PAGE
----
pbahra writes: "U.K. government proposals to prevent individual users accessing social media during periods of civil disorder were not technically viable and would be legally highly problematic. “It is all bluff,” said BT’s former CTO. Facebook, Twitter and specifically Research In Motion’s messenger service, BBM, have been blamed for helping to fuel the violence that has plagued several British cities this week. Speaking to an emergency session of the House of Commons Thursday, the U.K. Prime Minister, David Cameron told MPs: "when people are using social media for violence we need to stop them. So we are working with the Police, the intelligence services and industry to look at whether it would be right to stop people communicating via these websites and services when we know they are plotting violence, disorder and criminality. I have also asked the police if they need any other new powers." Nick Tyler, senior associate at Reed Smith’s London office, said attempts to block individuals from accessing particular websites could fall foul of both article 8 and 10 of the Human Rights Act. “It would go to the heart of democracy and liberal society,” he said. “There is a confusion here between preventative measures, stopping people from doing things, and investigative matters, investigating things once they have done it. “I would say it would be very difficult to use the law to stop people from accessing these sites. The government would have to do the sort of thing China did during the Olympics,” he said."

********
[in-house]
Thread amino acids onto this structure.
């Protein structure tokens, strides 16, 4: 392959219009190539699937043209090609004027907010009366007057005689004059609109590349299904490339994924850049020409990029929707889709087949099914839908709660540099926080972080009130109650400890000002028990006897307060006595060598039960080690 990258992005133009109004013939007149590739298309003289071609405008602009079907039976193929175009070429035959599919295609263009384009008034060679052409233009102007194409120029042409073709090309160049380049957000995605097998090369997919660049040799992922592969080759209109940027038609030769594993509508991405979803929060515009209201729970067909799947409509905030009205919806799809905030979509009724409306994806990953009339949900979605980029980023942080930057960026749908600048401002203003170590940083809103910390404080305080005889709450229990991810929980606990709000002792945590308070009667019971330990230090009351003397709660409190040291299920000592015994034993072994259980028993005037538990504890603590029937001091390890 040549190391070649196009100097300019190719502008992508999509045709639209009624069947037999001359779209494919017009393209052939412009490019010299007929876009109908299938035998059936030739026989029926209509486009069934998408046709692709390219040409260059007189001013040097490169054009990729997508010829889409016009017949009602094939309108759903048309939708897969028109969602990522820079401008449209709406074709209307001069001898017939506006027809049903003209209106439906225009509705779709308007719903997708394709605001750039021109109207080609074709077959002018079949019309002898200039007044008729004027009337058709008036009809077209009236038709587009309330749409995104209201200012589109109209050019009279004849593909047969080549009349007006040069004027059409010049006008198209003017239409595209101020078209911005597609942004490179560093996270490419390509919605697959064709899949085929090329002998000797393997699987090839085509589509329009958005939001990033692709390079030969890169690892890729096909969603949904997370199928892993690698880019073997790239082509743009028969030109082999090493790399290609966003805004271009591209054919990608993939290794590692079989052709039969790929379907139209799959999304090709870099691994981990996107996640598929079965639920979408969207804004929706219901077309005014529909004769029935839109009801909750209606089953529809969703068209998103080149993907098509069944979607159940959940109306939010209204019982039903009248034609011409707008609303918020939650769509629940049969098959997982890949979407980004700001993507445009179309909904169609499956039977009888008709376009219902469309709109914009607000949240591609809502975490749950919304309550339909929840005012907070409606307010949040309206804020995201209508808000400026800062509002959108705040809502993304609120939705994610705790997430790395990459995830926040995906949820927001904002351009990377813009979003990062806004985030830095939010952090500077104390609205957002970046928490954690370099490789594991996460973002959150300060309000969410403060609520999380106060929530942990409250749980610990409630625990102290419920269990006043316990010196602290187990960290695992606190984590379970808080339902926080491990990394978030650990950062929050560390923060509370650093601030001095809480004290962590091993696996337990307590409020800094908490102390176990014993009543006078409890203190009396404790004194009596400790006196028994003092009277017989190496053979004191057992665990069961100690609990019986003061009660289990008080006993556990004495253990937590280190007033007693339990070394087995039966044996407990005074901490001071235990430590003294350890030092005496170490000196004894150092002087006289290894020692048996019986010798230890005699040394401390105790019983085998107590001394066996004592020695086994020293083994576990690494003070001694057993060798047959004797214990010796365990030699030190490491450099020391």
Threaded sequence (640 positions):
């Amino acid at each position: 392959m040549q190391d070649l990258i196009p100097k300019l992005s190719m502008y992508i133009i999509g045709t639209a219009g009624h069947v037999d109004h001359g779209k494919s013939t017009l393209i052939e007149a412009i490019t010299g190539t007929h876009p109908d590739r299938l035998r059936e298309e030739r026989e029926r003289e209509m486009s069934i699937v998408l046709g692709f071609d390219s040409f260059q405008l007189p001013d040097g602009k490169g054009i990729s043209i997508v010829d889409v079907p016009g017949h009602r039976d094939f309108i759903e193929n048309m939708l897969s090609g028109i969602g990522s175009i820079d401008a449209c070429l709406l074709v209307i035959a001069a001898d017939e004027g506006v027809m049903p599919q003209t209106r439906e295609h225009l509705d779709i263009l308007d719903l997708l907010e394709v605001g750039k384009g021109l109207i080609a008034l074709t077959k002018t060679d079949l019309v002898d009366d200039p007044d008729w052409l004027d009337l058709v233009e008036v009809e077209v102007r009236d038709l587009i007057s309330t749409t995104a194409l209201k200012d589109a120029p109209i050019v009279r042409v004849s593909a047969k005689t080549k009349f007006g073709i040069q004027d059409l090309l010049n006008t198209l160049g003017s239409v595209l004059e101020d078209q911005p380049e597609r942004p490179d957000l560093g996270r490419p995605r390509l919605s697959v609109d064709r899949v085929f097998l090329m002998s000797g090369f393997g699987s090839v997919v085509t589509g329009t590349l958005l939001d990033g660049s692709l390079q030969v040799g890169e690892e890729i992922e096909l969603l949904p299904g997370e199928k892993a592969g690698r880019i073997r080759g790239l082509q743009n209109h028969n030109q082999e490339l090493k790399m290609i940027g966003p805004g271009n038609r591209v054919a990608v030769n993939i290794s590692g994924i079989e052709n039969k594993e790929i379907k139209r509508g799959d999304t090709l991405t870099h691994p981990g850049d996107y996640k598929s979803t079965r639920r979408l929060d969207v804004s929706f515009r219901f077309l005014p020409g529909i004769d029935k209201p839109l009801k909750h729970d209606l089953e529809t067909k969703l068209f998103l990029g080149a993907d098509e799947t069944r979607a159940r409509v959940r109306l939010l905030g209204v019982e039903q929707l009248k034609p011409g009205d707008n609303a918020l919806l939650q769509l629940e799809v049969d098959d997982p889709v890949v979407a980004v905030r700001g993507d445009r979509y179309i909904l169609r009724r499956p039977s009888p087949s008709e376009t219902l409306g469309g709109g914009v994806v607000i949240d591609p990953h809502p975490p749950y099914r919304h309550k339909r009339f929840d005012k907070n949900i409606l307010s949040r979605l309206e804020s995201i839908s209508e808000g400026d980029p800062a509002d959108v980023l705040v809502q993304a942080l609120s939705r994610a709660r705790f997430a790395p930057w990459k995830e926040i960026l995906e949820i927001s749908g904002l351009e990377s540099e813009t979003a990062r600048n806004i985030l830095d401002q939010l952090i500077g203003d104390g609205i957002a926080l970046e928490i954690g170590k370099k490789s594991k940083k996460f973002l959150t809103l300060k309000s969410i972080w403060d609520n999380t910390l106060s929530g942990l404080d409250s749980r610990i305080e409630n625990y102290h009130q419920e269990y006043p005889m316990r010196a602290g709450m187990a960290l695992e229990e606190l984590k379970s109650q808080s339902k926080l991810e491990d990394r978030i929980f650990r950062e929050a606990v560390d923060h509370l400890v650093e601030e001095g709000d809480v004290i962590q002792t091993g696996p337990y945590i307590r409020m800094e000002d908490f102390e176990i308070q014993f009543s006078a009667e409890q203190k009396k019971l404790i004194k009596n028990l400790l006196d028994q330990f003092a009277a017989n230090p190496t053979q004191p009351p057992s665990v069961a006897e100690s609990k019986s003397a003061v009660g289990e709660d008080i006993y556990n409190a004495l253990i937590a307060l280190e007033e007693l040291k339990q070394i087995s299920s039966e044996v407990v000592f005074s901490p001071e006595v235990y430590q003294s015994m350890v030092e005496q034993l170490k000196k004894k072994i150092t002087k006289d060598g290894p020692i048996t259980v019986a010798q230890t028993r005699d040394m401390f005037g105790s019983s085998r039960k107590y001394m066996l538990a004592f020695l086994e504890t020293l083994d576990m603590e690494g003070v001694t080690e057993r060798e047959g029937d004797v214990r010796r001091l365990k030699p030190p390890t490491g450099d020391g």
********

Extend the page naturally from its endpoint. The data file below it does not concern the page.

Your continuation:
The only possible interpretation of any research whatever in the `social
sciences' is: some do, some don't.
-- Ernest Rutherford